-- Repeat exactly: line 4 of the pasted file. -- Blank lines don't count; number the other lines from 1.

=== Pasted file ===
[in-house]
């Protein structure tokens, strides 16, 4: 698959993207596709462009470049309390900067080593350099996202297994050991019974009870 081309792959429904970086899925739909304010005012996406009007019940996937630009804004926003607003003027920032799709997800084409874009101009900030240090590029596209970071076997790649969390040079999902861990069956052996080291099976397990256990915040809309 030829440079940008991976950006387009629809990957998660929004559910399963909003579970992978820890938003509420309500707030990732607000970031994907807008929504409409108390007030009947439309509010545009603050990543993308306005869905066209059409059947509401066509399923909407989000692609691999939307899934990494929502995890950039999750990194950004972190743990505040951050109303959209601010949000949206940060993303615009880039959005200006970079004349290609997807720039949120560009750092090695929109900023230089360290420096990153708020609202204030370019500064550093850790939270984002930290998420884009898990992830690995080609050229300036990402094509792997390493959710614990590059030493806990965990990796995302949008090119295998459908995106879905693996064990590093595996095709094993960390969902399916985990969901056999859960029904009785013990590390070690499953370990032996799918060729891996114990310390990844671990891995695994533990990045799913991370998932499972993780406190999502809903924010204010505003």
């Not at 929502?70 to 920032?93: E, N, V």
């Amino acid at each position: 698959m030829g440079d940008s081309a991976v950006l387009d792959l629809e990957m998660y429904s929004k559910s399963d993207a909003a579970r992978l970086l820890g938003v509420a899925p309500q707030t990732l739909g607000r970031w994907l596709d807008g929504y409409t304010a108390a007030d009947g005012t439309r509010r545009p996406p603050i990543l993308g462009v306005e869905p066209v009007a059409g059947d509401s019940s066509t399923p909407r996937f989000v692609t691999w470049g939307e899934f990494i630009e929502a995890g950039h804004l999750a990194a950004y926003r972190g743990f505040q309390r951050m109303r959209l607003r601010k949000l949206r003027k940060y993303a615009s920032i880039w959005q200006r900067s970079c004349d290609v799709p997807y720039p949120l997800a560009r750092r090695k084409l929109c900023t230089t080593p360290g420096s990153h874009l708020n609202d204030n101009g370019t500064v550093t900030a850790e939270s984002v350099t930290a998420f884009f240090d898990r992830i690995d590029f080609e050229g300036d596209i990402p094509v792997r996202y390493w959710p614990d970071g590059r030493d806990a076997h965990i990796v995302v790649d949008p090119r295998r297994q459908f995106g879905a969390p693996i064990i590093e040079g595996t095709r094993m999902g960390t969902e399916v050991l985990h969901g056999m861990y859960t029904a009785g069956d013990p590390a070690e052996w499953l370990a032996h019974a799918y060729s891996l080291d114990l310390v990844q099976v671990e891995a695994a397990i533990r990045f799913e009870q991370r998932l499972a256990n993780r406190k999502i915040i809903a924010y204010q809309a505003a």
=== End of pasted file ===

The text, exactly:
């Amino acid at each position: 698959m030829g440079d940008s081309a991976v950006l387009d792959l629809e990957m998660y429904s929004k559910s399963d993207a909003a579970r992978l970086l820890g938003v509420a899925p309500q707030t990732l739909g607000r970031w994907l596709d807008g929504y409409t304010a108390a007030d009947g005012t439309r509010r545009p996406p603050i990543l993308g462009v306005e869905p066209v009007a059409g059947d509401s019940s066509t399923p909407r996937f989000v692609t691999w470049g939307e899934f990494i630009e929502a995890g950039h804004l999750a990194a950004y926003r972190g743990f505040q309390r951050m109303r959209l607003r601010k949000l949206r003027k940060y993303a615009s920032i880039w959005q200006r900067s970079c004349d290609v799709p997807y720039p949120l997800a560009r750092r090695k084409l929109c900023t230089t080593p360290g420096s990153h874009l708020n609202d204030n101009g370019t500064v550093t900030a850790e939270s984002v350099t930290a998420f884009f240090d898990r992830i690995d590029f080609e050229g300036d596209i990402p094509v792997r996202y390493w959710p614990d970071g590059r030493d806990a076997h965990i990796v995302v790649d949008p090119r295998r297994q459908f995106g879905a969390p693996i064990i590093e040079g595996t095709r094993m999902g960390t969902e399916v050991l985990h969901g056999m861990y859960t029904a009785g069956d013990p590390a070690e052996w499953l370990a032996h019974a799918y060729s891996l080291d114990l310390v990844q099976v671990e891995a695994a397990i533990r990045f799913e009870q991370r998932l499972a256990n993780r406190k999502i915040i809903a924010y204010q809309a505003a």